I fabricated a commission to the goblin island. Fishing villages were being raided, I said, and the villagers would only accept human mercs. It being the first commission at 80% rates, virtually every human took the job, so they loaded their ships and made their hungry way to the island.
When they were all ashore and camped on the beaches, the goblins hit them. On the lush greens of the island the goblins had multiplied in their thousands. Swathes of green faces scuttled the ships first and then swarmed the tents. The mercs put up a fight, but they eventually fell; the goblins were simply too many and too relentless.
When I arrived later, I was greeted by Shuddergob. We talked about that time, thirty years ago, and I asked about the events that day. He said that his goblins had lost many, and that the battle would be chatted about for years. I asked if I could offer him payment, he said that “the battle was our reward”.
“The battle was our reward”...that’s a rare thing to hear in mercenary circles. I offered them a place at Mobilising Armies on the spot – 20% of all spoils – and, as I write, the human barracks are being cleared for their arrival.
No conversations at the table, only food. It’s always been that way, and, bless them all, the troops know it too well.
I was settled at my table, and the cooking rotation had delivered an opening course of thin snail. My mind was filled with the usual – the kings of the north, cut demands, spy reports – when a commotion came from the kitchens. Hungry goblins, I guessed.
It all quietened down and the chef came in with a gormless smile. He was followed by two goblins, chuckling away beneath a huge pie that they lugged to my table. I must have been distracted: I remember thinking that the pastry was barely cooked, yet the size of the pie only registered a few seconds later.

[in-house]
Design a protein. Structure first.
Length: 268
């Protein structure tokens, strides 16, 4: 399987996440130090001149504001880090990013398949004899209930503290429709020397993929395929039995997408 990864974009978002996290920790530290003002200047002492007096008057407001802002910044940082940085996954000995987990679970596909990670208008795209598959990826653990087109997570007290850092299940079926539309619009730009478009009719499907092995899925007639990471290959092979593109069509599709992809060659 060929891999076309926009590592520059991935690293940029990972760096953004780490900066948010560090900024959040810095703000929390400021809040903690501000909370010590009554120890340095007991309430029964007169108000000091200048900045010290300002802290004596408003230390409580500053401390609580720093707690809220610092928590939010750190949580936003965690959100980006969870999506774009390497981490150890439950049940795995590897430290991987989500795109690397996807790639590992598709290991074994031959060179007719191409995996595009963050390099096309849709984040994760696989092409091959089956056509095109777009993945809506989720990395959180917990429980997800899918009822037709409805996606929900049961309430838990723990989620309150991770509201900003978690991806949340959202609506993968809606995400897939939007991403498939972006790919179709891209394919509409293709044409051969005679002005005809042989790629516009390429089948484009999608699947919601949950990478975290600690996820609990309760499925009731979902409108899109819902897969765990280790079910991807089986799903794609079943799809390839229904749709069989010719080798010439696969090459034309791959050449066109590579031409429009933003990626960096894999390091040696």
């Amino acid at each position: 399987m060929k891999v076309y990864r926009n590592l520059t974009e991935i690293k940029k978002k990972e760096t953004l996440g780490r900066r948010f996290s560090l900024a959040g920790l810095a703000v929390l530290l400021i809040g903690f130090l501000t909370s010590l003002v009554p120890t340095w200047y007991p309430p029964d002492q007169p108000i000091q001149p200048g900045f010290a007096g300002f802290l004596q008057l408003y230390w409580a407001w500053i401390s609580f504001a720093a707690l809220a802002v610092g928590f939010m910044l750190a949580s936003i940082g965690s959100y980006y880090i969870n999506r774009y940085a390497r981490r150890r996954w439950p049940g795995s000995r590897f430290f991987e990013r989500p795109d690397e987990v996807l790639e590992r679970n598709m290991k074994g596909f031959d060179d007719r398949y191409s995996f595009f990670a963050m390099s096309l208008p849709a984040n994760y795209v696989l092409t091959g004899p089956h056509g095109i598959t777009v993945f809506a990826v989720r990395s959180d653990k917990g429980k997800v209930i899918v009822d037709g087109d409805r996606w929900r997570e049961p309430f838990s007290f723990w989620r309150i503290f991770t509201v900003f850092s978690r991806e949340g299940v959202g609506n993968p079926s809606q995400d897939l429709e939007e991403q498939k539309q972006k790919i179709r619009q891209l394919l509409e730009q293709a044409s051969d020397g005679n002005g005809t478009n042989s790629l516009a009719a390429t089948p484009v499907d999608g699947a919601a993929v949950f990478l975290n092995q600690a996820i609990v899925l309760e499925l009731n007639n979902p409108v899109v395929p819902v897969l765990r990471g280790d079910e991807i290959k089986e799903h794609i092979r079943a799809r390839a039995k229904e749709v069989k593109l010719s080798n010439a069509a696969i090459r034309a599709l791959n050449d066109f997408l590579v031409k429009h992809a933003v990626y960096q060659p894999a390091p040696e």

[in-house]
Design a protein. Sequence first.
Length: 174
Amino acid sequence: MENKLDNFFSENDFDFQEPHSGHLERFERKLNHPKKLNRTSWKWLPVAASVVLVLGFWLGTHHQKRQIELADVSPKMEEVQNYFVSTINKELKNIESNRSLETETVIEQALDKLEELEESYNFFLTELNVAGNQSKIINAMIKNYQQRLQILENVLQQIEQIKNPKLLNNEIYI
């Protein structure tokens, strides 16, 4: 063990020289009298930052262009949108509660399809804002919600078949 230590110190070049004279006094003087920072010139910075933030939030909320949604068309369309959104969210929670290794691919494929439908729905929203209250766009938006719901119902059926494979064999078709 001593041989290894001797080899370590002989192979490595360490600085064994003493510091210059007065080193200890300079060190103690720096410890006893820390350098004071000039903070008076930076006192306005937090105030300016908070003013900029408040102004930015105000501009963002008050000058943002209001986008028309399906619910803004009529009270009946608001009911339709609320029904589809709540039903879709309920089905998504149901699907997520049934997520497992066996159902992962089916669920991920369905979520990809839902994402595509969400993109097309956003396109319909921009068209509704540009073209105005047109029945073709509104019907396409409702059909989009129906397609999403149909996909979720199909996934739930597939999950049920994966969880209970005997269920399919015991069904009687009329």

As they settled the pie down, something shifted heavily inside and a gauntlet punched through its top. An arm tore a large flap of pastry from pie to floor, and a beleaguered face with a long, red beard appeared. The man from the pie clanged in his armour as he struggled to stand upright, barely four-foot in height. A dwarf!
“Confound you all,” the dwarf blustered, chompy meat in his beard. As it later turned out, the dwarf had demanded to be brought to my dinner table, no matter what cost. The chef obliged.
The dwarf took some calming down before he gave out his name, occupation or anything resembling an intention. He was sent by the Supreme Commander of the Black Guard to broker a deal that brought trainees to the command centre. Here, they’d learn the basics of warmongering in the mercenary squads, and then return to Keldagrim as battle-hardened warriors. Each trainee would get 20% of any spoils, while the Black Guard and ARMS would split the rest down the middle. “Fair deal,” I said, and we shook on it.
The dwarf was given a banquet, as much to celebrate as it was to punish the chef. Still, you have to admire the chutzpah of putting a dwarf ambassador into a pie. I may give in to a curious whim I have, and recommend that the chef begin Junior Cadet training. The boy – Mal, I think his name was – has a cavalier attitude and reminds me, not a little, of a very young Lord Marshal Brogan.
Author: David Osborne
|Lores & Histories|